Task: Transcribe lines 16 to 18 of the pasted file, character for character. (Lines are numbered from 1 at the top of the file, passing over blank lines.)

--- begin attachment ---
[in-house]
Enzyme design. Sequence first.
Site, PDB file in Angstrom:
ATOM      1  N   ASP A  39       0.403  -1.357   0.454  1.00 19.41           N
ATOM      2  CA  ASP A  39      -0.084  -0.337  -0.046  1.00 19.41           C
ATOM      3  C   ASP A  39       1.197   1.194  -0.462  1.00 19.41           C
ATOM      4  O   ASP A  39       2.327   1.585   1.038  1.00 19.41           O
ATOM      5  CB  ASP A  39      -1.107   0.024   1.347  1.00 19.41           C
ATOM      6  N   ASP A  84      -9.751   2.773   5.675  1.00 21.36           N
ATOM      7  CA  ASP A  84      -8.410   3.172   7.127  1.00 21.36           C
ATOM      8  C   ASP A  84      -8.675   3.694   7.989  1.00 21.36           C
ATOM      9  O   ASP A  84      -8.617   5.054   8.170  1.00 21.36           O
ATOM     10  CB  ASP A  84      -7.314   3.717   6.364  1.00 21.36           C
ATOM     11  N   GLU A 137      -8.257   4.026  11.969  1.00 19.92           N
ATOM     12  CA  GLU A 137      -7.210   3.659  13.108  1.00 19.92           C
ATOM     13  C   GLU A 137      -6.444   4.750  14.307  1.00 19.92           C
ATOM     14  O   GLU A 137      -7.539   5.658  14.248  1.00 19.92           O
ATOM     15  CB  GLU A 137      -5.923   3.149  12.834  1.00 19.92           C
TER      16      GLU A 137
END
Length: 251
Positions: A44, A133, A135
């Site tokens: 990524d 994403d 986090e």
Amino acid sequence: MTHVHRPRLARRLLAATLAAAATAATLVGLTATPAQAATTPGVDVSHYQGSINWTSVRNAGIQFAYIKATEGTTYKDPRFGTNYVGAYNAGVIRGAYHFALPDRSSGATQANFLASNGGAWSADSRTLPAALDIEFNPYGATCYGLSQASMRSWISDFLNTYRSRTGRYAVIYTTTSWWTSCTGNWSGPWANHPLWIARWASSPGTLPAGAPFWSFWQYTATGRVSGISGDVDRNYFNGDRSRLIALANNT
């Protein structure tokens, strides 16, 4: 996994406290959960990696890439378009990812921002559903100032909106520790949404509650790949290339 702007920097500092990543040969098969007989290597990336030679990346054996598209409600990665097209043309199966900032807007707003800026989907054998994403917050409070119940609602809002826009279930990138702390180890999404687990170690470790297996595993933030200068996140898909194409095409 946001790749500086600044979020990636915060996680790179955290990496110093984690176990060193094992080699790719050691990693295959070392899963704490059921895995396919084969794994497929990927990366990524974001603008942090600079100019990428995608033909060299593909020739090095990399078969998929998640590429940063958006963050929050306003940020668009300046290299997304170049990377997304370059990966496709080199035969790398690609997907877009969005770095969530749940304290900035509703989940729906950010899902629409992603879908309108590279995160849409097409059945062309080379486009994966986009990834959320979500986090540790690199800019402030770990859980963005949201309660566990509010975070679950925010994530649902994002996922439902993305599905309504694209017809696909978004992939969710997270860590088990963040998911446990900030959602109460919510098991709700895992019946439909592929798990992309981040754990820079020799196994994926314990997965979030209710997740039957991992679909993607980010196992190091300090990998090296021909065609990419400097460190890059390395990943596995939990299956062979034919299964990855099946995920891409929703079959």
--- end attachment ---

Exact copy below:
ATOM     13  C   GLU A 137      -6.444   4.750  14.307  1.00 19.92           C
ATOM     14  O   GLU A 137      -7.539   5.658  14.248  1.00 19.92           O
ATOM     15  CB  GLU A 137      -5.923   3.149  12.834  1.00 19.92           C